Drawing Lights and Shadows – What to Know Before You Begin

Gone are the days of drawing stick figures standing by two dimensional houses. Now that you’re a more mature artist, you’re going to want to learn how to make things seem a bit more realistic than that.

For this reason, you’ll need to learn how to draw things in a way that makes them appear three dimensional, even though it’s truly just a flat drawing.

This is one of those times where you’ll need to do a bit of trial and error to get things right. In order portray things accurately you need to know how to draw with lights and shadows, and this takes some experimenting.

Looking at the World like an Artist

As an average human being, you probably take your eyesight and perspective for granted. You don’t question how you know that book across the room is three dimensional; your eyes simply tell you it is. But how do you actually know? If you’ve even been to a museum of optical illusions, you know that it’s possible to trick your eyes into believing something untrue.

Skilled artists are able to paint murals on walls that would convince someone at a distance they could walk straight through it. This is done with clever use of light and shadows. So when you decide to start mastering this skill in your work, you need to pay more attention to what you’re seeing.

When you look around the room you’re in, let your eyes stop on certain objects. Study how the light hits them, where their shadows fall, and their variation in color because of the light. Open your eyes and view the world like an artist.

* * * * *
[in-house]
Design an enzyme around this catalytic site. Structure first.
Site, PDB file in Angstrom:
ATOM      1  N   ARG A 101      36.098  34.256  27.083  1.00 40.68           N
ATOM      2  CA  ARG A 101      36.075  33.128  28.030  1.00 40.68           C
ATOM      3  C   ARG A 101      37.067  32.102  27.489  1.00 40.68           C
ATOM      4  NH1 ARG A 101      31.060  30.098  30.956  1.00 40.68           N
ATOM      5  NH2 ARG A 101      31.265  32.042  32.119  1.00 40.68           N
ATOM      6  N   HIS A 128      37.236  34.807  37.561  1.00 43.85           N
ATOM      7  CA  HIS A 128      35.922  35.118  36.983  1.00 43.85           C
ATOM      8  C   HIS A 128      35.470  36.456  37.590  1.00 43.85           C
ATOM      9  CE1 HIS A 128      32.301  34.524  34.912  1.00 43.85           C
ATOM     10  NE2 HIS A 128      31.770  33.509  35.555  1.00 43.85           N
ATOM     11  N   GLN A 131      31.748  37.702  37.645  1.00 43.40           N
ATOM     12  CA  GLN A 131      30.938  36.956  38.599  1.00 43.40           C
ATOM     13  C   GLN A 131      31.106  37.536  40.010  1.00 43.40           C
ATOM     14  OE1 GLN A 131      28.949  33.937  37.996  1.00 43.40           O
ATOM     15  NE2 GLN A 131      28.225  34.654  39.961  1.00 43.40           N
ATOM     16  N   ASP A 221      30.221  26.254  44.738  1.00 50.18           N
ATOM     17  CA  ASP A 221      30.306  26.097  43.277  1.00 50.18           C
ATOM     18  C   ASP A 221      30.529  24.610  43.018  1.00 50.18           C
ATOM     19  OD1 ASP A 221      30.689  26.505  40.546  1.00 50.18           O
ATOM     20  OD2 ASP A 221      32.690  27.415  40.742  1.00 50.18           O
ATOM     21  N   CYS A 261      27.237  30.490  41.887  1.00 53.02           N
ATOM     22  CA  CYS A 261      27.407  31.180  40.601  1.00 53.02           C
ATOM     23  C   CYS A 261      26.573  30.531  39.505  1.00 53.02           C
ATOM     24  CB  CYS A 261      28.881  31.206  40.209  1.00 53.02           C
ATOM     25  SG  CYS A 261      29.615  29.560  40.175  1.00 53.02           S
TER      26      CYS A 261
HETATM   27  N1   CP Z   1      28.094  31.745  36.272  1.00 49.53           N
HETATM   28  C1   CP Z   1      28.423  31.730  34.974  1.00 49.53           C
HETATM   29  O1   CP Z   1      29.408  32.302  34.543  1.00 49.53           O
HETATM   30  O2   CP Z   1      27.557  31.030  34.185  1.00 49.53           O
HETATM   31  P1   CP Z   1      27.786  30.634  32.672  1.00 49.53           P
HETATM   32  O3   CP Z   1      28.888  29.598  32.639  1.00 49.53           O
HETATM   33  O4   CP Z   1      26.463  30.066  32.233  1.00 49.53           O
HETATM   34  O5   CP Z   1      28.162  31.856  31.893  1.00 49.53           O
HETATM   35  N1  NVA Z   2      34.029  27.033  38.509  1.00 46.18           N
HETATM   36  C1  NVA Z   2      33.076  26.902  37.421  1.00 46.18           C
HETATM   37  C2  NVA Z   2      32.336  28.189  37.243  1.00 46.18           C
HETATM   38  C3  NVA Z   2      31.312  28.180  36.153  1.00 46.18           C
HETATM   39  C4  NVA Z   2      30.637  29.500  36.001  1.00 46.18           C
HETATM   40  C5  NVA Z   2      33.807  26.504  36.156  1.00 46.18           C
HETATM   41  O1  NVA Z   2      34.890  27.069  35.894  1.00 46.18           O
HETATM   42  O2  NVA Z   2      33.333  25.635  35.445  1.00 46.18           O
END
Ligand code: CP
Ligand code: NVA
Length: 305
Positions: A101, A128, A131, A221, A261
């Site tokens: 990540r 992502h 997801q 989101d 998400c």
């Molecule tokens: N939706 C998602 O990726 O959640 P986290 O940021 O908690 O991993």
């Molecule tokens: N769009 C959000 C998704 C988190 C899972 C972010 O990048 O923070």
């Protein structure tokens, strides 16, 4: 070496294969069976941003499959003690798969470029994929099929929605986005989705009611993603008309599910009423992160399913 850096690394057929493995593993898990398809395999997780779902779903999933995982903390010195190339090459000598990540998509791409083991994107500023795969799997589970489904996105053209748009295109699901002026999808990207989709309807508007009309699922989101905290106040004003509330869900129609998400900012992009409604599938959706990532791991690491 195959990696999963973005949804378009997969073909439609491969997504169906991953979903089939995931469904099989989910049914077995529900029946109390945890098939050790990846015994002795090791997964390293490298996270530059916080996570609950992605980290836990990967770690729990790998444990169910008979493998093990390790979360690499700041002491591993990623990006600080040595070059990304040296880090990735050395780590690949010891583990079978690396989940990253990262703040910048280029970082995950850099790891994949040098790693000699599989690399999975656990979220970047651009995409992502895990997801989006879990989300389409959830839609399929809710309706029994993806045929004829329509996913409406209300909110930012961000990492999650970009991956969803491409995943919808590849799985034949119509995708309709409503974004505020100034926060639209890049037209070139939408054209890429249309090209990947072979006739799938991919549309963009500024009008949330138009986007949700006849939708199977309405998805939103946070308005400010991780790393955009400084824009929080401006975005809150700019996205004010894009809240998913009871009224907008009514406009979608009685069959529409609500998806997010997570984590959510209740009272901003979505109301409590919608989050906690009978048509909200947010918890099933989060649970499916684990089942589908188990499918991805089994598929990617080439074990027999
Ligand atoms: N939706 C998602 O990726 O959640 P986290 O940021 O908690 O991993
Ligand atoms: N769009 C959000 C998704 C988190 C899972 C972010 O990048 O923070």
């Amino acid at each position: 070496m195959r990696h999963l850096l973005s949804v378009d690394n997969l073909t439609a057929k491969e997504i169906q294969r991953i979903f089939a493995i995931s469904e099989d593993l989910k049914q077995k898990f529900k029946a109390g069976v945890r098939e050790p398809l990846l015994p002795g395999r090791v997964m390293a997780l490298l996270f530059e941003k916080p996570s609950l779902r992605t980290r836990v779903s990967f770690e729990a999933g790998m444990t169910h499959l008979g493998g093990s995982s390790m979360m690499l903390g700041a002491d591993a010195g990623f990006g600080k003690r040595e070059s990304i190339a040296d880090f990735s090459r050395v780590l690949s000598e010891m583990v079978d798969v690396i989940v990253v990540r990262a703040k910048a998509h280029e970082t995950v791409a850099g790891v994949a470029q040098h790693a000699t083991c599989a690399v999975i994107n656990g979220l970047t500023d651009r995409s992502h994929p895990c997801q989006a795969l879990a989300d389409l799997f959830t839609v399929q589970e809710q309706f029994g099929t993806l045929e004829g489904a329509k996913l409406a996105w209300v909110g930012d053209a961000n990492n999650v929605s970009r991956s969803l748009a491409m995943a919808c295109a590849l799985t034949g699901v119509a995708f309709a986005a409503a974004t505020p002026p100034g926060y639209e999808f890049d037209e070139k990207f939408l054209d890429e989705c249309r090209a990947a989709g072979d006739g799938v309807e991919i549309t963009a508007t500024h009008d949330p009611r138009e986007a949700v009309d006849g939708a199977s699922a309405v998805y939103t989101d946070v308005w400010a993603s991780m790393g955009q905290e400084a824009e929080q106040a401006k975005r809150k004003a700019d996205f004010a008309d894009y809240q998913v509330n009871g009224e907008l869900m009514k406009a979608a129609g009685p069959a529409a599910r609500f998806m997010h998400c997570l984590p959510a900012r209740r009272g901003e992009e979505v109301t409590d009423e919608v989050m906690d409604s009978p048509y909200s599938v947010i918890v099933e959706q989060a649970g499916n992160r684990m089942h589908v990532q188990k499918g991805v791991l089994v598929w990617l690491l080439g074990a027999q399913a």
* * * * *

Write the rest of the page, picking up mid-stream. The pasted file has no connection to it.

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Understanding Value

Most of the time, when your eyes tell you an object is three dimensional, it’s because you’re seeing changes in value and shadows. Value is the range of contrasts one hue can have. This may seem complicated, but it’s actually pretty easy to understand.

Imagine you poured some blue paint out onto a palette. Now mix some pure black paint into it. You’ve just changed its value, as it is now a darker version of the same blue. If you mix a lot of white into it, you’d get a lighter version. All of the versions on the spectrum of light to dark for this color are called its values.

When you look at an object, notice how its value changes depending on how the light hits it. Lighter areas are called highlights (just like with hair). Darker values are the ones more in shadow, and will give you a clue as to where the light is hitting the object. Even more helpful than darker values in determining the light source is cast shadow.

Cast shadow is what we normally think of as shadow—the Peter Pan version that seems to attach to the bottom of something and lean outward from it. The way light hits an object is what is telling us it’s three dimensional. Mastering light in an artistic work is mastering the dimensions.

So before you put pencil to paper, take these things into consideration. You must truly be able to see an object for what it actually is in order to draw it effectively, and that means taking a harder look than you usually would at the world around you.


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